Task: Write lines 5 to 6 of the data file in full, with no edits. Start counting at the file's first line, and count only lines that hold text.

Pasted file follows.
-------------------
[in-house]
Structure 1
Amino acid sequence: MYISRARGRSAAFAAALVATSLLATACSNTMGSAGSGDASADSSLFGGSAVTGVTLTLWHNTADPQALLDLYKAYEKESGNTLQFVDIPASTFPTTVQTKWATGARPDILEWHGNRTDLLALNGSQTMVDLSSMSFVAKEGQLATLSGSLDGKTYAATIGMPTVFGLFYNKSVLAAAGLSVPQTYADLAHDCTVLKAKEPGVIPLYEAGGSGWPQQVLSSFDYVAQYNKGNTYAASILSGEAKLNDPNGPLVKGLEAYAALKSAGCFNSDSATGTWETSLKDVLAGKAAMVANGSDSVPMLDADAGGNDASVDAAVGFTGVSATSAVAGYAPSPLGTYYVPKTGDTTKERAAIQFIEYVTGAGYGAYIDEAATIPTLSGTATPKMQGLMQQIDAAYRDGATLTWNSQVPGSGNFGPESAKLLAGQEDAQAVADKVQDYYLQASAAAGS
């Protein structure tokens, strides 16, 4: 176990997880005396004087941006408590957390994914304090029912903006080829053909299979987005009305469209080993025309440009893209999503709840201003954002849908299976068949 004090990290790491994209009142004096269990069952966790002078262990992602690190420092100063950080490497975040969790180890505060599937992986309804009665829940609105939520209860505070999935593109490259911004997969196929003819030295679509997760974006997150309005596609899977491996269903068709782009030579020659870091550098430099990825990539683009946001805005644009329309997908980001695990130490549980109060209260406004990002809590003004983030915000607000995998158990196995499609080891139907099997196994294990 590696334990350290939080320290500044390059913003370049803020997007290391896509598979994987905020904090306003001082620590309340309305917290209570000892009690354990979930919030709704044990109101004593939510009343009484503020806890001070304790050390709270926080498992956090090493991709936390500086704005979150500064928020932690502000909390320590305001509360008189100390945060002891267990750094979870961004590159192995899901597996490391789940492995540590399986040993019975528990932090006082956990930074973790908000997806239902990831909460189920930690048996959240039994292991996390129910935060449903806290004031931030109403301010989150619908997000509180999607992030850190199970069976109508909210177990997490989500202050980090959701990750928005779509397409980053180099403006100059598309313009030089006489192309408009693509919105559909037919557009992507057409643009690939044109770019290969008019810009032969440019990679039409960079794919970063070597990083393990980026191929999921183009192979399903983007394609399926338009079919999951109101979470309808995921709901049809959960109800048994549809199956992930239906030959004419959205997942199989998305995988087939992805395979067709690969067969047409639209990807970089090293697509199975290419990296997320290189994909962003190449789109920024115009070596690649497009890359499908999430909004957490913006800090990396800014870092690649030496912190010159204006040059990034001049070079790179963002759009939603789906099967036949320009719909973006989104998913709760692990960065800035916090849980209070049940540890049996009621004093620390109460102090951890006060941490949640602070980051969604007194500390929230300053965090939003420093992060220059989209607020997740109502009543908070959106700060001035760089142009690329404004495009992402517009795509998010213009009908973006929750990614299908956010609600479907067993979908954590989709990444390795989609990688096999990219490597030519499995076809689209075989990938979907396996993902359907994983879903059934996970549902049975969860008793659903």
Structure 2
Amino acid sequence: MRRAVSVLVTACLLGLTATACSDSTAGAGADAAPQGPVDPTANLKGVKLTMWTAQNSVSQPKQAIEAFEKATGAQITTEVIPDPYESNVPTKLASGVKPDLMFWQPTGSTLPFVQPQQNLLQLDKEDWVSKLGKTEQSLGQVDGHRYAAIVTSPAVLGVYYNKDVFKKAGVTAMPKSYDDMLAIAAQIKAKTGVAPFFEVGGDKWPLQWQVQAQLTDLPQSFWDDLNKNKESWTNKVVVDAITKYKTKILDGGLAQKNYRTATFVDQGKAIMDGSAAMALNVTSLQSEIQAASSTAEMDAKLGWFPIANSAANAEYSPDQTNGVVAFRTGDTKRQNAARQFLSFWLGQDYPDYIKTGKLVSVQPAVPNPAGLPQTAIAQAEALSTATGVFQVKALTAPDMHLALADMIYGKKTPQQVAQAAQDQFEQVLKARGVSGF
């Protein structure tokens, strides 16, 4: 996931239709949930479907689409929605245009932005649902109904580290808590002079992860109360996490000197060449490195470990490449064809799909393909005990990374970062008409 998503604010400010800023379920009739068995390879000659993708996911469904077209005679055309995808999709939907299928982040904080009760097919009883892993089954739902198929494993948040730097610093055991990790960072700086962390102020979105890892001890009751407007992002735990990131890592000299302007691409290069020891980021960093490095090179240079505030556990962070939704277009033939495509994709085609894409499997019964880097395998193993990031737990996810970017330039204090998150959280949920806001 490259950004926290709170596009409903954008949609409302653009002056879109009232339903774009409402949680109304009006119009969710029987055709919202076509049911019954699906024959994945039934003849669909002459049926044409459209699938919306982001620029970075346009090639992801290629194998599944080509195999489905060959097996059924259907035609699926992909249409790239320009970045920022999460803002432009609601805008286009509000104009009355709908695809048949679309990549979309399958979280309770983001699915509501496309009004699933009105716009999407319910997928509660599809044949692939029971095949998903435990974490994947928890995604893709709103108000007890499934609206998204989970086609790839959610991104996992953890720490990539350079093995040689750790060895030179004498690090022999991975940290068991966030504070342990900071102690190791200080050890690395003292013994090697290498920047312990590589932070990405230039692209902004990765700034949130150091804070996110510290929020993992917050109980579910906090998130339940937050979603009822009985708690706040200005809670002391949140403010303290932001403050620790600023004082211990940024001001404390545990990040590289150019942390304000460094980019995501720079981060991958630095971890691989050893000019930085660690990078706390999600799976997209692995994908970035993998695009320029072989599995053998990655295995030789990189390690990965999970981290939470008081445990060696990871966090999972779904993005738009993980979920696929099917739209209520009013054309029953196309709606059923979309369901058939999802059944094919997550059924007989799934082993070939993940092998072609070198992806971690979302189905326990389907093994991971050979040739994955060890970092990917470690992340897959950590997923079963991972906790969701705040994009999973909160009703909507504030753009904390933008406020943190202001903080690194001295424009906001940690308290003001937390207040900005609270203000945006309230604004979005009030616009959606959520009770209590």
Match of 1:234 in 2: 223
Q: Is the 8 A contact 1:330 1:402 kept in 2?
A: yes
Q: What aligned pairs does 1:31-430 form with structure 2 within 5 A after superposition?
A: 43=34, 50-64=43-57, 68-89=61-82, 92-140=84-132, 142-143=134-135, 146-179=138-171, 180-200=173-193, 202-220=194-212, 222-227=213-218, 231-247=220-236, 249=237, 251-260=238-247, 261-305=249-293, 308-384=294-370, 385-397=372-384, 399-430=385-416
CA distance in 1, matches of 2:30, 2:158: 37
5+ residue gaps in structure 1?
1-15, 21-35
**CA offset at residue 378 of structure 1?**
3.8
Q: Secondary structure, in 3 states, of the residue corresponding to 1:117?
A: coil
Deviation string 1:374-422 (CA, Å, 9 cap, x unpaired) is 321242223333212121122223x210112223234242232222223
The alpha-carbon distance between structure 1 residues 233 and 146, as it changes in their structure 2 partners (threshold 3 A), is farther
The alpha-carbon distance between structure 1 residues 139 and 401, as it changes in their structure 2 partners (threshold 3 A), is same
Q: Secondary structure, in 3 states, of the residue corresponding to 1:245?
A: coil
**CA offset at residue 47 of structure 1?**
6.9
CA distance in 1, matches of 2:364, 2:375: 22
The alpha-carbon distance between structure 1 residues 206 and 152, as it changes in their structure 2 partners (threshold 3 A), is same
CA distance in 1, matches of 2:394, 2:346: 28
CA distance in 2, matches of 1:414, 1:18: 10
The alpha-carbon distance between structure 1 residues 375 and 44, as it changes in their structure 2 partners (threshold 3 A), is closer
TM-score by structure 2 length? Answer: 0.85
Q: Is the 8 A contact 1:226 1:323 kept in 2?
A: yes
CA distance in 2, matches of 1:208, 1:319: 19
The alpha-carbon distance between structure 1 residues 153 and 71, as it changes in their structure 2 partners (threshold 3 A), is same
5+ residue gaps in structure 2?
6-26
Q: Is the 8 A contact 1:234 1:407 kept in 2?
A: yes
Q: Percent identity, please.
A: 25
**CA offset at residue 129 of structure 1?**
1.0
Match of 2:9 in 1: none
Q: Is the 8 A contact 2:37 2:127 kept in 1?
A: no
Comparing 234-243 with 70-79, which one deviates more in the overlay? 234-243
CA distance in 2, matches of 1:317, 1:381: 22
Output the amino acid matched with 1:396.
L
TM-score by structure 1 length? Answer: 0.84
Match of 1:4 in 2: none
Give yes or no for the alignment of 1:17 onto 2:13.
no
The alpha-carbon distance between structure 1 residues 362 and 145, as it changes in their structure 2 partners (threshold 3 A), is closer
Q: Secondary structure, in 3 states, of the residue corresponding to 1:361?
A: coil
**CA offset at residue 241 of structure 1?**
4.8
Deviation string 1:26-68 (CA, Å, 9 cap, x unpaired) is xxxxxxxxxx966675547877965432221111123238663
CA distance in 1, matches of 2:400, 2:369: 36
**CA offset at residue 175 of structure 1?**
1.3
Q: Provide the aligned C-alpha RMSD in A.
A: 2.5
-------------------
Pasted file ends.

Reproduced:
Structure 2
Amino acid sequence: MRRAVSVLVTACLLGLTATACSDSTAGAGADAAPQGPVDPTANLKGVKLTMWTAQNSVSQPKQAIEAFEKATGAQITTEVIPDPYESNVPTKLASGVKPDLMFWQPTGSTLPFVQPQQNLLQLDKEDWVSKLGKTEQSLGQVDGHRYAAIVTSPAVLGVYYNKDVFKKAGVTAMPKSYDDMLAIAAQIKAKTGVAPFFEVGGDKWPLQWQVQAQLTDLPQSFWDDLNKNKESWTNKVVVDAITKYKTKILDGGLAQKNYRTATFVDQGKAIMDGSAAMALNVTSLQSEIQAASSTAEMDAKLGWFPIANSAANAEYSPDQTNGVVAFRTGDTKRQNAARQFLSFWLGQDYPDYIKTGKLVSVQPAVPNPAGLPQTAIAQAEALSTATGVFQVKALTAPDMHLALADMIYGKKTPQQVAQAAQDQFEQVLKARGVSGF